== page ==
Eugène Boudin

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Eugène Boudin, painting at Deauville-Trouville, close to Le Havre, France (photo in 1896)
Boudin, 1857: 'Wedding at Quimper / Noce à Quimper', oil-painting on wood; current location: Musée des beaux-arts de Quimper
Boudin, 1865: 'Crinolines and Cabins', black pencil, graphite and watercolor on paper; current location: Museum of modern art André Malraux, le Havre
Boudin, 1874: 'The Coast of Portrieux, Cotes-du-Nord', oil-painting on canvas
Boudin, 1880: 'Normandy landscape (with a high sky)', oil-painting on canvas; current location: Nordsee-Museum, Husum, Northern Germany
Boudin, 1882-83: 'Beach Scene', pastel on gray wove paper mounted on card; current location: Metropolitan Museum of Art
Boudin, 1895: 'Venice, The Grand Canal', oil-painting on wooden panel; current location: Thyssen-Bornemisza Museum

Eugène Louis Boudin (12 July 1824 - 8 August 1898) was one of the first French landscape painters to paint outdoors. Boudin was a Marine art painter, and expert in the rendering of all that goes upon the sea and along its shores. His pastels, summary and economic, garnered the splendid eulogy of Baudelaire; Corot called him the 'king of the skies'.

Quotes of Eugène Boudin[edit]

sorted chronologically, by date of the quote of Boudin
  • Nature is richer than I represent it.. .Nature is so beautiful that when I am not tortured by poverty I am tortured by her splendor. How fortunate we are to be able to see and admire the glories of the sky and earth; if only I could be content just to admire them. But there is always the torment of struggling to reproduce them, the impossibility of creating anything within the narrow limits of painting.
    • quote in his Journal, March 1854; as quoted in Eugène Boudin, G. Jean-Aubrey & Robert Schmit, Greenwich, New York graphic society, 1968, p. 24
  • They [the holiday-visitors near Le Havre] love my little ladies [paintings] on the beach, and some people say that there's a thread of gold to exploit there.
    • in a letter to family-friend Ferdinand Martin, from Paris, 12 February 1863; as quoted by Colin B. Bailey in The Annenberg Collection: Masterpieces of Impressionism and Post-impressionism, publisher, Metropolitan Museum of Art, New York, 2009, p. 11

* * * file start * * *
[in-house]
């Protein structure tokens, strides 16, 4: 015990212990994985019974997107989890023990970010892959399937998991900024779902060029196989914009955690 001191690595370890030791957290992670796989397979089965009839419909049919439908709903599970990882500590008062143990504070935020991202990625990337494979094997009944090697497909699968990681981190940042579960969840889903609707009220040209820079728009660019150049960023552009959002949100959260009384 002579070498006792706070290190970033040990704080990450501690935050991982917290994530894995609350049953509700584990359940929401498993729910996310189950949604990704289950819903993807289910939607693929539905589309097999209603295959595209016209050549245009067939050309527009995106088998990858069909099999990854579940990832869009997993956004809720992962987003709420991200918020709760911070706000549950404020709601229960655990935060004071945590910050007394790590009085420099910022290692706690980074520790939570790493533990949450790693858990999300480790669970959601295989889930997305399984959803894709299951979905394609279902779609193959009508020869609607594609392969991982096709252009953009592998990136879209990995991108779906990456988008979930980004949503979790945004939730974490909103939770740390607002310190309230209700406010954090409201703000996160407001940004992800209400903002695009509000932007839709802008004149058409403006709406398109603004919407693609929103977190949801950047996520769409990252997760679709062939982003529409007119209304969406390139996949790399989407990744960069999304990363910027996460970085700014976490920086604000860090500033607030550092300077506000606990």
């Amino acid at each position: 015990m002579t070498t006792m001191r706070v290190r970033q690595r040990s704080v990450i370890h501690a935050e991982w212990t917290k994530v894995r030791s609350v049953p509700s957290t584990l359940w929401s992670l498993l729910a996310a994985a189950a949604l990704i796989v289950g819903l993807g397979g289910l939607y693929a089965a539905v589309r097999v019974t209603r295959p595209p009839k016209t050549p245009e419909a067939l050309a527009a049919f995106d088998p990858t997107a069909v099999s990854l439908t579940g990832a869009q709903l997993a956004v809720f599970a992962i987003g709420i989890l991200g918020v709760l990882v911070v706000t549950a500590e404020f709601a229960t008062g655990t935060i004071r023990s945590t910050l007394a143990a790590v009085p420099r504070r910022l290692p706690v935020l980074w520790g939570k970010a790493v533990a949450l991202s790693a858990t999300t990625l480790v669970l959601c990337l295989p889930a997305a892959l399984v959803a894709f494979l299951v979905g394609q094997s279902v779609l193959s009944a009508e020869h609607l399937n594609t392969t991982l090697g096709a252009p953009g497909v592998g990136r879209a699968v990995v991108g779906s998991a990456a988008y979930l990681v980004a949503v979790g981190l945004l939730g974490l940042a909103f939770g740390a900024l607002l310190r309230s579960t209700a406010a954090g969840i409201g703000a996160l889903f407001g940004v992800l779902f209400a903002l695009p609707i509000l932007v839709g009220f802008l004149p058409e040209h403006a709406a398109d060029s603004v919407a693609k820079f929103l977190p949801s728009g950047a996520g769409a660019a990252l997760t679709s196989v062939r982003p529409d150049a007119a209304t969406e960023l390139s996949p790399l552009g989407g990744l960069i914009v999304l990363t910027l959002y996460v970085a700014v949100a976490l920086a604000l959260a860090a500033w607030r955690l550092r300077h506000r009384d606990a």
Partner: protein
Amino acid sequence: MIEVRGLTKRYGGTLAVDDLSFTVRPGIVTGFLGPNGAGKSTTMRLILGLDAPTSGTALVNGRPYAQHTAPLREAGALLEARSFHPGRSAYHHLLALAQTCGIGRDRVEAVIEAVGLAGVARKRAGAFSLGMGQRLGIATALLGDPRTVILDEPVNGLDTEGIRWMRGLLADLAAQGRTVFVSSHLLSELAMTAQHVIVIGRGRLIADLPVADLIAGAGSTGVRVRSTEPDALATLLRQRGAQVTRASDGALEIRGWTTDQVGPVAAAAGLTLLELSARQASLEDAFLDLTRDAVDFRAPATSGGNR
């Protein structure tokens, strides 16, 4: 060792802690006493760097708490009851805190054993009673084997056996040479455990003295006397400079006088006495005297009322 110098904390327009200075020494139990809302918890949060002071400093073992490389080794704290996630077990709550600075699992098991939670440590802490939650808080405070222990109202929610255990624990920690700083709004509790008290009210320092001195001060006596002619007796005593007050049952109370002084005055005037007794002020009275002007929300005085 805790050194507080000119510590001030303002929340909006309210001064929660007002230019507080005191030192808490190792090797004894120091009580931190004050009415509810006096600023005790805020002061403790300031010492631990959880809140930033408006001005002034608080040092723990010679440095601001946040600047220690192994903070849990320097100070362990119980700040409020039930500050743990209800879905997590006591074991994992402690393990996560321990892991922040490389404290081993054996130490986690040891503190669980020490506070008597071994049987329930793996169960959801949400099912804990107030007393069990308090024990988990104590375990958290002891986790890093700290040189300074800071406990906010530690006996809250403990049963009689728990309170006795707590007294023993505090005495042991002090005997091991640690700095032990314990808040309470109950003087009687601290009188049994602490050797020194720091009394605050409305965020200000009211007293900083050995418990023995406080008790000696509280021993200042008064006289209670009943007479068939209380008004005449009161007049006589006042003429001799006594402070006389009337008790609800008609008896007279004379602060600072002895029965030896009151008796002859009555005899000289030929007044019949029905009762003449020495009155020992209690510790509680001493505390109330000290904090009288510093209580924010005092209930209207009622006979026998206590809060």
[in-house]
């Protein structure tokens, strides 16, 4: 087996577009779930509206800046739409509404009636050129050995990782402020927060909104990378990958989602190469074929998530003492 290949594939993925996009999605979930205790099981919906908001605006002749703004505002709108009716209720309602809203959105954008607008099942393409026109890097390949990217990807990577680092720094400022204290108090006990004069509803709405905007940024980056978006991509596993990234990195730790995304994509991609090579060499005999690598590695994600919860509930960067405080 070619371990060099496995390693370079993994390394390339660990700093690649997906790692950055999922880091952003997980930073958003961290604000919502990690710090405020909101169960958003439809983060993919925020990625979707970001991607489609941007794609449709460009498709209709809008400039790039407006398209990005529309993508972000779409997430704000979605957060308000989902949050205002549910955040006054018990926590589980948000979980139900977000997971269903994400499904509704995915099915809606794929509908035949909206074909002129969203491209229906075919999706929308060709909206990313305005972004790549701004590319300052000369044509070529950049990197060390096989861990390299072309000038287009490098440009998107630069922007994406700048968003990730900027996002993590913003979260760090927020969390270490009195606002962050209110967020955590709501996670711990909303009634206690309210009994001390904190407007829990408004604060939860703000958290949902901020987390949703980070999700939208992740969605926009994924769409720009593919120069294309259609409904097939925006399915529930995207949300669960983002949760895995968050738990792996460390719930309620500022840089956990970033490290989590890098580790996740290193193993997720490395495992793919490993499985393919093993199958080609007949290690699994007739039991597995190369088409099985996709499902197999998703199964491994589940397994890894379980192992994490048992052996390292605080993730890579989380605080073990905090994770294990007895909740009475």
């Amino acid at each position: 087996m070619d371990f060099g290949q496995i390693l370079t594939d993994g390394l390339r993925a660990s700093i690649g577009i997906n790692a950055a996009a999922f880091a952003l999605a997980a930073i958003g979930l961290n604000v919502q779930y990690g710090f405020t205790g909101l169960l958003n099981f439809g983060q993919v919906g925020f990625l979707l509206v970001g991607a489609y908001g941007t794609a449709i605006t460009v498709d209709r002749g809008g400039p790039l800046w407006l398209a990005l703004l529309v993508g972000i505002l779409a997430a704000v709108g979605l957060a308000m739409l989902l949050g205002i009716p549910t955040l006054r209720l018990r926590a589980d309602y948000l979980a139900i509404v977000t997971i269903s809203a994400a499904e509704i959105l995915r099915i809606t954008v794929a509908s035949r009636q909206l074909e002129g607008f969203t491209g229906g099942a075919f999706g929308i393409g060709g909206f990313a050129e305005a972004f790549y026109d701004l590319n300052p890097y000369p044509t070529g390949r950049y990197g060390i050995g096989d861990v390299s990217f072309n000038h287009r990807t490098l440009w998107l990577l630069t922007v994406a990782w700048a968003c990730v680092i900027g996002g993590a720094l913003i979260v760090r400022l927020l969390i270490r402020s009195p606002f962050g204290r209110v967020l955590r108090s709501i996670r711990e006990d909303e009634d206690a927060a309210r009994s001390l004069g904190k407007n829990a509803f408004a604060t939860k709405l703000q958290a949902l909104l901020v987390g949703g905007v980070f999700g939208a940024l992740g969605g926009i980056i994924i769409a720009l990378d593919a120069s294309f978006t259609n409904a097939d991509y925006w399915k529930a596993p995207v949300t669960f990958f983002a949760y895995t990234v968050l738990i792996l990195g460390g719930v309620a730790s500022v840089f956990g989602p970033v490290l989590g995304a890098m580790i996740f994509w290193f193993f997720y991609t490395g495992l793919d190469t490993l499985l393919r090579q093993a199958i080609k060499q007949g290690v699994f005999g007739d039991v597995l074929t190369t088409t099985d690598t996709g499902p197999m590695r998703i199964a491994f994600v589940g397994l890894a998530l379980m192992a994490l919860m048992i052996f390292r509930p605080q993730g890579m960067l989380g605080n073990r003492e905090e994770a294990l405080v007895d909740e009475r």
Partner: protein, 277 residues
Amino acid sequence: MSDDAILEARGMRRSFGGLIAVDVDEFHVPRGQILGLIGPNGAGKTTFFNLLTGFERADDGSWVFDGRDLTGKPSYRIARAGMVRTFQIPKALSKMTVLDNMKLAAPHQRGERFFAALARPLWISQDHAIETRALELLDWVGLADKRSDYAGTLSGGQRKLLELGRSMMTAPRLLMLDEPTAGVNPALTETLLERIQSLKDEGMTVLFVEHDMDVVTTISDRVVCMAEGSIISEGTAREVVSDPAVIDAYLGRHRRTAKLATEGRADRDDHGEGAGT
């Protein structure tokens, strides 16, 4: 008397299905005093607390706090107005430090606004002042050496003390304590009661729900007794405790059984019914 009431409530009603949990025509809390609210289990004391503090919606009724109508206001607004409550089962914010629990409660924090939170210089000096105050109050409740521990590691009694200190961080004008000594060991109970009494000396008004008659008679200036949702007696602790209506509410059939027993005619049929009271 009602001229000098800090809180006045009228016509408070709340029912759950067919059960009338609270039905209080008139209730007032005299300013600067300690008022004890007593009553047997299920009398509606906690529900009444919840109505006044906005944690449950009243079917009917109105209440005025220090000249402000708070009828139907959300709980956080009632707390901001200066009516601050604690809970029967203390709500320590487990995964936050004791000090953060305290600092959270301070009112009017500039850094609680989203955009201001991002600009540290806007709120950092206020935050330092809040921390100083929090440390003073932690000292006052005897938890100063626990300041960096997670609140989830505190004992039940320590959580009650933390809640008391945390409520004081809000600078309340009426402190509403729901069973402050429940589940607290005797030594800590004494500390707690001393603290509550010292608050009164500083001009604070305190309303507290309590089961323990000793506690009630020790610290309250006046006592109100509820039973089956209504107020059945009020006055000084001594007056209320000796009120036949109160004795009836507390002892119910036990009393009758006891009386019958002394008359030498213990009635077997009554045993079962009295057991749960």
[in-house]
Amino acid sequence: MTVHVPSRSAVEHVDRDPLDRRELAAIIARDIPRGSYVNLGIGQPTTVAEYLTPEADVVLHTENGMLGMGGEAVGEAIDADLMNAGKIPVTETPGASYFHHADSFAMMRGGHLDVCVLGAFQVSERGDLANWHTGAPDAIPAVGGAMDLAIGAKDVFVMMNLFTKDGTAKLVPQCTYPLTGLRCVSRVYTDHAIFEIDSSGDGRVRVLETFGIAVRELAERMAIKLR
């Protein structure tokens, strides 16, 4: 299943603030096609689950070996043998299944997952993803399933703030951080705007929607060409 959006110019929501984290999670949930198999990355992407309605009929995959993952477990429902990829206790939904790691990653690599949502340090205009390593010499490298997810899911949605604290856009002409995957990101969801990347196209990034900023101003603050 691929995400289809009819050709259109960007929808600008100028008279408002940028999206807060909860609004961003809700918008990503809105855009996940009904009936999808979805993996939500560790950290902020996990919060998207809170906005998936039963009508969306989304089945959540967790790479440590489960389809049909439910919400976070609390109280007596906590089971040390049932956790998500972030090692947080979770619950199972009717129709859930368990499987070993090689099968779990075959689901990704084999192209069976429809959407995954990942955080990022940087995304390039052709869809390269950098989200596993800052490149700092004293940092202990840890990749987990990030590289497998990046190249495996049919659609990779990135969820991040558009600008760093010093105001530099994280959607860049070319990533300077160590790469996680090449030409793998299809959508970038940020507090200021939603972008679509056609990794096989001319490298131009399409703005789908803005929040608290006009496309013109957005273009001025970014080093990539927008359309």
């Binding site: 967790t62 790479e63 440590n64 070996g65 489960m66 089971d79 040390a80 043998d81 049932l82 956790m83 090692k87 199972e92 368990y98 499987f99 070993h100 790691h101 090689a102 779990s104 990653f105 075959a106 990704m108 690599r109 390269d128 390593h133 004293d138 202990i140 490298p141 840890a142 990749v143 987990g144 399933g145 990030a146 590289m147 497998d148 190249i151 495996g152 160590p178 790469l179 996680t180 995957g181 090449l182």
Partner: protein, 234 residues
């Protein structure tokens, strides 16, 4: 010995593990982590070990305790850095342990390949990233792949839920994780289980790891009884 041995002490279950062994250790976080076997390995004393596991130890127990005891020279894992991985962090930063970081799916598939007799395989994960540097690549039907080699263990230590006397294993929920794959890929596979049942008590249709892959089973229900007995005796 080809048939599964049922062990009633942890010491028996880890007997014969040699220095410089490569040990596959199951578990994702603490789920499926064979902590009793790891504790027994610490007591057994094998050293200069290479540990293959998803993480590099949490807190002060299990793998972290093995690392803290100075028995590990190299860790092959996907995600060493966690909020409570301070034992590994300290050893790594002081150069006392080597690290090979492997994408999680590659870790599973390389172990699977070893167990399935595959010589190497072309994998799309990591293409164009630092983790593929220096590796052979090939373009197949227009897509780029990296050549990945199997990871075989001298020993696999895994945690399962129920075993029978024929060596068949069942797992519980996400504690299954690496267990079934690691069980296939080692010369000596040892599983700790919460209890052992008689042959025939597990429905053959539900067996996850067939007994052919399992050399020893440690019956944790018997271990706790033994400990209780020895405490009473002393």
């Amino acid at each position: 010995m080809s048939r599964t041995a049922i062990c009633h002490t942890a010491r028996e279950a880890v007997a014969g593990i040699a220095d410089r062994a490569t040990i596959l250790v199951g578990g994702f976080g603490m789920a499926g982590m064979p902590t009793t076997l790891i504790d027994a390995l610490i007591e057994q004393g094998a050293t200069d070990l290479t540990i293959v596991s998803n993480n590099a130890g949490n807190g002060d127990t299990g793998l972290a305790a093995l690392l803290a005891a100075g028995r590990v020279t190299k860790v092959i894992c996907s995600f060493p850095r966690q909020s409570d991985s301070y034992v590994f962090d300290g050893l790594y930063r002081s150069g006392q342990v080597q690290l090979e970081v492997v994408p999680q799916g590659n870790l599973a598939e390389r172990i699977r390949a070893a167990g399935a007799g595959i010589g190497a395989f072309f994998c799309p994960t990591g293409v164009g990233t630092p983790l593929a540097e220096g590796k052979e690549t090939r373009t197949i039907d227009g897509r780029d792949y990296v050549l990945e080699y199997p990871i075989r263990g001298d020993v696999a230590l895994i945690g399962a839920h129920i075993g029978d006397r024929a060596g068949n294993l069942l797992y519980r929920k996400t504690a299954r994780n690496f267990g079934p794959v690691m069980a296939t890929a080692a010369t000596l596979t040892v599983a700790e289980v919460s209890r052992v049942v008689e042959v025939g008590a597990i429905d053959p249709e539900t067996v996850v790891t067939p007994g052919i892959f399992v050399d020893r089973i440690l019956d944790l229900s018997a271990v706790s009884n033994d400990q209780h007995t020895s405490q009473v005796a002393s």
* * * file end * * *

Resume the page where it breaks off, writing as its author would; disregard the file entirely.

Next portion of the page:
• I have a confession to make. When I came back to.. ..the beach at Trouville.. seeemed nothing more than than a frightful masquerade.. ..If you have passed one month among the people condemned to hard work in the fields, with black bread and water, and you then find that gang of golden parasites with such a triumphant air, you can't help feeling a bit of pity.. ..Fortunately, dear friend, the Creator has spread a little of his splendid and warming light everywhere, and what I reproduce is not so much this world as the element that envelops it.
    • in a letter to Ferdinand Martin, 28 August 1867; as quoted in exh. text; 'Eugène Boudin', ed. Christoph Bode, Musée Jacquemart-André, Paris, July 2013
    • 'Nos petites poupées', Boudin called the rich and super-rich women from Paris who spent their summers in Deauville and Trouville at the beach
  • The peasants have their painters, Millet, Jaque, Breton; and that is a good thing.. ..Well and good: but between you and me, the bourgeois walking along the jetty towards the sunset, has just as much right to be caught on canvas, 'to be brought to the light'.. .They too are often resting after a day's hard work, these people who come from their offices and from behind their desks.. .There's a serious and irrefutable argument.
    • in a letter to Ferdinand Martin, 3 September 1868; as quoted in Eugène Boudin, G. Jean-Aubry with Robert Schmit - trans. Caroline Tisdall. Greenwich, Conn., New York Graphic Society, 1968, p. 72